HSLDA’s logic is that the concept of children belonging to a community (rather than parents) creates a slippery slope to a world in which parents do not have the right “to direct the upbringing and education of their children.” This does not logically follow nor is it reflective of actual history; however, HSLDA does not attempt to give any further explanation. But what is most notable about HSLDA’s response to Harris-Perry is its title: “Do Our Kids Belong to Us—or to the Community?” In other words, in HSLDA’s mind, children can only belong to either their parents (the “us”) or to the community. While this is itself a false dilemma, HSLDA obviously does not believe children belong to the community. Thus HSLDA must believe children “Belong to Us” — in other words, children belong to parents. There is no option presented for children to belong to themselves.

This sentiment — that children are parental belongings — is shared by allies of HSLDA. The most notable ally is former U.S. Senator Rick Santorum. Santorum, a homeschooling father himself, was given a stamp of approval during his presidential campaign by Michael Farris[xxvii] as well as by Will Estrada.[xxviii] Santorum is a frequent guest on HSLDA’s radio program Home School Heartbeat,[xxix] a partner with HSLDA in their advocacy against international disability rights,[xxx] and was even dubbed “Sir Santorum” by HSLDA’s youth mobilization program, Generation Joshua.[xxxi]

Part of Farris’s reasoning for approving Santorum’s presidential campaign was that, according to Farris, “As a fellow homeschooler, [Santorum] knows how important it is to protect parental rights.”[xxxii] Santorum’s understanding of parental rights, for which Farris has bestowed him with such praise, is exactly the same as HSLDA’s. In an April 16, 2013 column for Townhall, Santorum declared that, “Children Belong to Parents, Not Government.”[xxxiii] And just like HSLDA, Santorum took aim at Melissa Harris-Perry’s statement that, “Kids belong to whole communities.” Santorum declared this to be “hark[ening] back to Marxism” and then, again like HSLDA, related a loss of parental rights to a threat against homeschooling (and the Romeike situation specifically). “The president, like so many on the left,” bemoaned Santorum, “believes that the state should form the hearts and minds of our youths so they think the way the government wants them to think.”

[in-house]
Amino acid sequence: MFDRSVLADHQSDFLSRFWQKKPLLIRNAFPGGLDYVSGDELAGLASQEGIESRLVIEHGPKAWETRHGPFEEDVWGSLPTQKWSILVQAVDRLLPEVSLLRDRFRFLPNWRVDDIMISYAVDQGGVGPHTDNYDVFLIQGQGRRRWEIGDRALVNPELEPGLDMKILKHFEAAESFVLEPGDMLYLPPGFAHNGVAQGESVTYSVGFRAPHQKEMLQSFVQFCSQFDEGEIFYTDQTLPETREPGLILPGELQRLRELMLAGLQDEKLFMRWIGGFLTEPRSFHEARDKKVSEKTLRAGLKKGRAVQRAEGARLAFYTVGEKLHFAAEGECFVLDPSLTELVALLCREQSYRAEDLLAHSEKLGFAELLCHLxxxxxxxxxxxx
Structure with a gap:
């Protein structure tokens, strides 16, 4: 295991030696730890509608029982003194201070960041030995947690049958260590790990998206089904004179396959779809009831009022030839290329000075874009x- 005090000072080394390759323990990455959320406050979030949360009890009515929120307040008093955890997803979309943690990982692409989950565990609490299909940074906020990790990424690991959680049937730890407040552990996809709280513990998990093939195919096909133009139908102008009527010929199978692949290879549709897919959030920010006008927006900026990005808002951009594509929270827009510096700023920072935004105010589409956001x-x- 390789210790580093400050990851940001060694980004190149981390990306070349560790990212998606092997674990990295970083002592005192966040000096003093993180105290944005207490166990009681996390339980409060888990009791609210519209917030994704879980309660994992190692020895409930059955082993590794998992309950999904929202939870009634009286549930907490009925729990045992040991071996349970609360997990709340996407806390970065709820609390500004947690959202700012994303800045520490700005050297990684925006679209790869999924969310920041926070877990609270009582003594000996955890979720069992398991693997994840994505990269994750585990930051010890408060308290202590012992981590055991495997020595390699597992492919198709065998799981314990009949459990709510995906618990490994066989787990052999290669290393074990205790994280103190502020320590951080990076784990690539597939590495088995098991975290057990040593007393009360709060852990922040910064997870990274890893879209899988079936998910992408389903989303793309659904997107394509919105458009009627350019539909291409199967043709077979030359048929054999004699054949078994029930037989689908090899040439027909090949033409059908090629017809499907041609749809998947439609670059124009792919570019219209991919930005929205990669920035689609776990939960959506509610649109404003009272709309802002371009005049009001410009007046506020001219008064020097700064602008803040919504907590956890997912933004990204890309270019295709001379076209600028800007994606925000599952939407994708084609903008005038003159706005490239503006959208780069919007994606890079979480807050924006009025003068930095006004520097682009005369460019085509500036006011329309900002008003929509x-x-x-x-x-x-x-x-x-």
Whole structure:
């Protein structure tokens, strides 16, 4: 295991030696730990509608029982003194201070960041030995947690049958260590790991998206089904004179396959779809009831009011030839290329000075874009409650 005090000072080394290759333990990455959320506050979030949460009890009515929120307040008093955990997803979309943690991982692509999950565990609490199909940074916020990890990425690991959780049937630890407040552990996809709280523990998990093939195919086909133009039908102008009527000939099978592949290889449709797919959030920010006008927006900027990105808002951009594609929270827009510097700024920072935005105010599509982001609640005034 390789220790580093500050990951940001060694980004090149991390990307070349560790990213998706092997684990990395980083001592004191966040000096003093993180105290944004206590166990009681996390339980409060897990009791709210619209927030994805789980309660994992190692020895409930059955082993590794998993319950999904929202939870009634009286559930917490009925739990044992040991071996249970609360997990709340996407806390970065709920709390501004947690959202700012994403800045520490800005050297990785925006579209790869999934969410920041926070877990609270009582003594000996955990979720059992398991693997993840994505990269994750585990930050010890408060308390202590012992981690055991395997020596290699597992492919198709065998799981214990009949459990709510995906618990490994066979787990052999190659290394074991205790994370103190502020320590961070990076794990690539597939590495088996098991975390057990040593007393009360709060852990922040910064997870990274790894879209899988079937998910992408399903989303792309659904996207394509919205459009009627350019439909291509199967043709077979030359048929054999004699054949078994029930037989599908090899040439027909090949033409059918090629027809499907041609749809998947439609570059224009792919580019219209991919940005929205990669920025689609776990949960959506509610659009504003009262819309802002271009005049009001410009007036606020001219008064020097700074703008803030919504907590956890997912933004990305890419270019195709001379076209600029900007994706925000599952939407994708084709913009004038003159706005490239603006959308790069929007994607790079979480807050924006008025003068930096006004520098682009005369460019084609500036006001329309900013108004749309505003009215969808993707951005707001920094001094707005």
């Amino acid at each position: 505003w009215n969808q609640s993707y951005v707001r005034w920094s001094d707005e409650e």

It must be noted that, like HSLDA, Santorum presents a false dilemma: either children belong to parents or they belong to the state. Santorum does not have a problem with someone other than a child itself forming that child’s heart and mind to think the way that someone wants the child thinks. Rather, Santorum simply wants parents to do that forming, rather than the state. This is because Santorum believes, like HSLDA, that children belong to their parents — hence the very title of Santorum’s column. Children are still property to Santorum, just not the property of the state.

From Divine Rental Property to Common Law

HSLDA’s concept of children as divine rental property forms the basis for HSLDA’s understanding of parental rights as expressed through common law. HSLDA attempts to ground many of its arguments for religious liberty and homeschooling on a Western concept of common law, especially as expressed by English jurist William Blackstone in his work, Commentaries on the Laws of England. In The Right Choice: Home Schooling, Klicka wrote, “One of the most influential common law sources on which the founders of our country relied was Sir William Blackstone’s Commentaries. Blackstone recognized that the most important duty of parents to their children is that of giving them an education.”[xxxiv]

Blackstone’s advocacy of parental rights, Klicka argued, became the cornerstone of an Oklahoma Supreme Court Case that Klicka considered key: “Building on this traditional liberty of parents as enunciated by Blackstone, the Oklahoma Supreme Court in School Board Dist. No. 18 v. Thompson secured the right of parents to control the education of their children.”[xxxv] This was key to Klicka because he and HSLDA desired to return to a previous era where “parental liberty historically was held to be virtually absolute,”[xxxvi] and the Thompson case argued that, “In this empire [the United States], parents rule supreme during the minority of their children”[xxxvii] [emphasis added by Klicka].

Because Klicka considered this court case to be of such significance, it is worth reviewing what aspects of the case Klicka neglected to mention. It is true that in 1909 the Oklahoma Supreme Court ruled in School Board Dist. No. 18 v. Thompson that, “In this empire parents rule supreme during the minority of their children.” However, the Thompson case also situates this parental supremacy in only one figure: the family patriarch. The case declared that, “The father was vested with supreme control over the child.” In terms of legal rights, “A mother, as such, is entitled to no power.”[xxxviii]